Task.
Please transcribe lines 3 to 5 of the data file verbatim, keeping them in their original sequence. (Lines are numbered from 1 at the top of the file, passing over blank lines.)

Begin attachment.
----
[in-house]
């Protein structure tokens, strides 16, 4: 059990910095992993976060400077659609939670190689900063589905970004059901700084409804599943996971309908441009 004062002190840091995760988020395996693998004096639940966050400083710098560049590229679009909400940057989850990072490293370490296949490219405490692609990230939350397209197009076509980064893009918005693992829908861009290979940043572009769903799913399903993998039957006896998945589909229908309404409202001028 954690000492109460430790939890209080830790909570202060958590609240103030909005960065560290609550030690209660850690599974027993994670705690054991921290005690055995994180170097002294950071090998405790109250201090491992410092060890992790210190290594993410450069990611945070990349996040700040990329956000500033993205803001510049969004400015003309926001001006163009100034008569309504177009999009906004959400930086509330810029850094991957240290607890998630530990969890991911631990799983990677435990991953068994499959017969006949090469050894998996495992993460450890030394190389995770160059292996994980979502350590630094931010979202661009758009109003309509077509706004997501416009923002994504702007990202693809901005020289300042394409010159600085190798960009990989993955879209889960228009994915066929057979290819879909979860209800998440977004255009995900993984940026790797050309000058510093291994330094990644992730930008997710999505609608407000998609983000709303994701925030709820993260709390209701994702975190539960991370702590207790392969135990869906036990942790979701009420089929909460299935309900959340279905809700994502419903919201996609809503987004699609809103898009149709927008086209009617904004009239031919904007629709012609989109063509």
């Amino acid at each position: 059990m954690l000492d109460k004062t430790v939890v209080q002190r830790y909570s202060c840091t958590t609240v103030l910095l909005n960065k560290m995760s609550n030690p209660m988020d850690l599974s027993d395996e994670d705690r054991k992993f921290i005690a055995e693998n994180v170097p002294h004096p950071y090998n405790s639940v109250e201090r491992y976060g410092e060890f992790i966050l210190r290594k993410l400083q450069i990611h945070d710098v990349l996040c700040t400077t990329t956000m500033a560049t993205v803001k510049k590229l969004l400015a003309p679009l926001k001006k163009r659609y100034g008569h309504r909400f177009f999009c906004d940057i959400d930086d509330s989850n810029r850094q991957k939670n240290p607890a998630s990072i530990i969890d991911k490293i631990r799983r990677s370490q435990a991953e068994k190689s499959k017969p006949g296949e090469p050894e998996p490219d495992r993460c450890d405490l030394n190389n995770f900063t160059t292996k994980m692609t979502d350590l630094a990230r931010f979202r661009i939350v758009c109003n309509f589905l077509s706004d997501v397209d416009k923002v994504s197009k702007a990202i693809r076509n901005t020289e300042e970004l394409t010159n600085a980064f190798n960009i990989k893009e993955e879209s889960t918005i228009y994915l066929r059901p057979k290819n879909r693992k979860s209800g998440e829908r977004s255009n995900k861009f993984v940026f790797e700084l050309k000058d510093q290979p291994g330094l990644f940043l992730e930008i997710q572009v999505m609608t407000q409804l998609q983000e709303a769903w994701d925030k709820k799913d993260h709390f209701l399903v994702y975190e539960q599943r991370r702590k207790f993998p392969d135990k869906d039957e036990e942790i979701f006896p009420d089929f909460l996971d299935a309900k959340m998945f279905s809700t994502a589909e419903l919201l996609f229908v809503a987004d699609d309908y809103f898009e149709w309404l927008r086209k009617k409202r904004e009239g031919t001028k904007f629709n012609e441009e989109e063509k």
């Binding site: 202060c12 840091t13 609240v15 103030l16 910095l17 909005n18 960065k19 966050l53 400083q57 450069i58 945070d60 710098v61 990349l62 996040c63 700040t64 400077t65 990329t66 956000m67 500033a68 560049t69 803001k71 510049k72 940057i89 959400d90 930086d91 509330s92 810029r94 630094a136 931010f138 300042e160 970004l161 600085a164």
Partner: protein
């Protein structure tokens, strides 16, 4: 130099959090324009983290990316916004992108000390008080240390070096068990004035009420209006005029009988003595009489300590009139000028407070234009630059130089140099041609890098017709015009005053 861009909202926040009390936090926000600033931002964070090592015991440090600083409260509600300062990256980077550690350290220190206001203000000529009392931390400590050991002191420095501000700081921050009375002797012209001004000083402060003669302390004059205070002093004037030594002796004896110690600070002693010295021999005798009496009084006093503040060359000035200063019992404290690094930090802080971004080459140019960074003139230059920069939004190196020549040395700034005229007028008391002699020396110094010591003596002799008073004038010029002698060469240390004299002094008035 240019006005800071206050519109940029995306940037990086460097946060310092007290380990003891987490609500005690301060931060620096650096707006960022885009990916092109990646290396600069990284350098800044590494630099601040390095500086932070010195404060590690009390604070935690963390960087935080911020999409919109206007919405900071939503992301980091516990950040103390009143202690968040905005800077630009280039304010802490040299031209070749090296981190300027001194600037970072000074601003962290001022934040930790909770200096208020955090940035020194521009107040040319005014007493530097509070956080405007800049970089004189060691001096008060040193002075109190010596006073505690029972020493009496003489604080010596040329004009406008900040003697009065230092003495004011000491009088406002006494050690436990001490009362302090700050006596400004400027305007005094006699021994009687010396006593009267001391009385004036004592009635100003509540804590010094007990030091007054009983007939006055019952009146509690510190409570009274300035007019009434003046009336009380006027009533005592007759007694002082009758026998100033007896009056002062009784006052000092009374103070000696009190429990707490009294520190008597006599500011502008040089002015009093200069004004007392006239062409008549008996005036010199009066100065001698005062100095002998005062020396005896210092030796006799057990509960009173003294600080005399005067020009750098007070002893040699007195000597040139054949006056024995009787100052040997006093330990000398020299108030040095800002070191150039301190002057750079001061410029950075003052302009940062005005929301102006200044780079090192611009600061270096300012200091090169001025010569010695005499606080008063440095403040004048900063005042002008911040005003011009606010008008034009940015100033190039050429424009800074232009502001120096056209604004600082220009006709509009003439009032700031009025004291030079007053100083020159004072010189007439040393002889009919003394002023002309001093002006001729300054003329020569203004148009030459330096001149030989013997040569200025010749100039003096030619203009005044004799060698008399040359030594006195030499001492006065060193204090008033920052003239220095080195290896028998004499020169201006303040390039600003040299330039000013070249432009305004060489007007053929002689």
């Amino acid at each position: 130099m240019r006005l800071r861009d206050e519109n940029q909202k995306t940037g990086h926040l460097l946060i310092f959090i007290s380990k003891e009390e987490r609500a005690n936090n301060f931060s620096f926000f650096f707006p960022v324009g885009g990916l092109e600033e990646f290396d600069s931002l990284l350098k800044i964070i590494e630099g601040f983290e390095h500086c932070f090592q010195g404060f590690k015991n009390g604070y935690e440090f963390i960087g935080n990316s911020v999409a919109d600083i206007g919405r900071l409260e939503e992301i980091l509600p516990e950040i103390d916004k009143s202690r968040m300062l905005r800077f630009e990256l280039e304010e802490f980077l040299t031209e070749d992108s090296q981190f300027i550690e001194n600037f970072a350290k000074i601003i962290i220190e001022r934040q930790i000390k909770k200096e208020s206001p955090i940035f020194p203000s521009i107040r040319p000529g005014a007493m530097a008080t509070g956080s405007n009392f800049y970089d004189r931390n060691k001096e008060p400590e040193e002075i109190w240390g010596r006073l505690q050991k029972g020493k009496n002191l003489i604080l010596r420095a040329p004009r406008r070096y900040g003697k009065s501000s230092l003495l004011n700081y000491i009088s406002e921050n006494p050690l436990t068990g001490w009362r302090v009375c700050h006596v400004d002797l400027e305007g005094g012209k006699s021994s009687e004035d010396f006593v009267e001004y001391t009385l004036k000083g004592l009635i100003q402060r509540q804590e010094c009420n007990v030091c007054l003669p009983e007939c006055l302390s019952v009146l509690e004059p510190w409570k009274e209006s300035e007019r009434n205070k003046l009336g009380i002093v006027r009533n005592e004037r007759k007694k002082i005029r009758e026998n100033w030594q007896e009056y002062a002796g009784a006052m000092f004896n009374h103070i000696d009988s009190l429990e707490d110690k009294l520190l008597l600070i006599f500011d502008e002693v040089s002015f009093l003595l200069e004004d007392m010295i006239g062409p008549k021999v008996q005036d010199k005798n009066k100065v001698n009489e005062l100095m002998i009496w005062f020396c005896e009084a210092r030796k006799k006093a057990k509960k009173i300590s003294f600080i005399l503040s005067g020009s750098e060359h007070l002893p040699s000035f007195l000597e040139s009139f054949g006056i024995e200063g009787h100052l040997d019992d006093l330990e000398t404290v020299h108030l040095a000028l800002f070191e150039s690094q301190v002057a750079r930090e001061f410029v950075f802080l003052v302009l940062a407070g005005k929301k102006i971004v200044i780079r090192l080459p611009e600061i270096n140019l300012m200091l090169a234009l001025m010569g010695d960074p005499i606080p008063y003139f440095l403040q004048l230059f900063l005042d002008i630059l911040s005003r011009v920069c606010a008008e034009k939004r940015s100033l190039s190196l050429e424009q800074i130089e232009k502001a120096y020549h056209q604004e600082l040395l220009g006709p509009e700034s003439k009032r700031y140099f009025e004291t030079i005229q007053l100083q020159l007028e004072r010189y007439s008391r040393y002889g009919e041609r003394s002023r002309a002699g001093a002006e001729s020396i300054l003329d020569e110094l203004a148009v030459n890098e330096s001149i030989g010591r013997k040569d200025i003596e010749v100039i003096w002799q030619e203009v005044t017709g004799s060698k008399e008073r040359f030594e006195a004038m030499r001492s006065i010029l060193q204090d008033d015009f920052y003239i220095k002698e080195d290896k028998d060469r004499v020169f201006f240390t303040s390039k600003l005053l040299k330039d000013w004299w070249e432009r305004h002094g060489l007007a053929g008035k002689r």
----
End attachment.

């Amino acid at each position: 059990m954690l000492d109460k004062t430790v939890v209080q002190r830790y909570s202060c840091t958590t609240v103030l910095l909005n960065k560290m995760s609550n030690p209660m988020d850690l599974s027993d395996e994670d705690r054991k992993f921290i005690a055995e693998n994180v170097p002294h004096p950071y090998n405790s639940v109250e201090r491992y976060g410092e060890f992790i966050l210190r290594k993410l400083q450069i990611h945070d710098v990349l996040c700040t400077t990329t956000m500033a560049t993205v803001k510049k590229l969004l400015a003309p679009l926001k001006k163009r659609y100034g008569h309504r909400f177009f999009c906004d940057i959400d930086d509330s989850n810029r850094q991957k939670n240290p607890a998630s990072i530990i969890d991911k490293i631990r799983r990677s370490q435990a991953e068994k190689s499959k017969p006949g296949e090469p050894e998996p490219d495992r993460c450890d405490l030394n190389n995770f900063t160059t292996k994980m692609t979502d350590l630094a990230r931010f979202r661009i939350v758009c109003n309509f589905l077509s706004d997501v397209d416009k923002v994504s197009k702007a990202i693809r076509n901005t020289e300042e970004l394409t010159n600085a980064f190798n960009i990989k893009e993955e879209s889960t918005i228009y994915l066929r059901p057979k290819n879909r693992k979860s209800g998440e829908r977004s255009n995900k861009f993984v940026f790797e700084l050309k000058d510093q290979p291994g330094l990644f940043l992730e930008i997710q572009v999505m609608t407000q409804l998609q983000e709303a769903w994701d925030k709820k799913d993260h709390f209701l399903v994702y975190e539960q599943r991370r702590k207790f993998p392969d135990k869906d039957e036990e942790i979701f006896p009420d089929f909460l996971d299935a309900k959340m998945f279905s809700t994502a589909e419903l919201l996609f229908v809503a987004d699609d309908y809103f898009e149709w309404l927008r086209k009617k409202r904004e009239g031919t001028k904007f629709n012609e441009e989109e063509k």
């Binding site: 202060c12 840091t13 609240v15 103030l16 910095l17 909005n18 960065k19 966050l53 400083q57 450069i58 945070d60 710098v61 990349l62 996040c63 700040t64 400077t65 990329t66 956000m67 500033a68 560049t69 803001k71 510049k72 940057i89 959400d90 930086d91 509330s92 810029r94 630094a136 931010f138 300042e160 970004l161 600085a164």
Partner: protein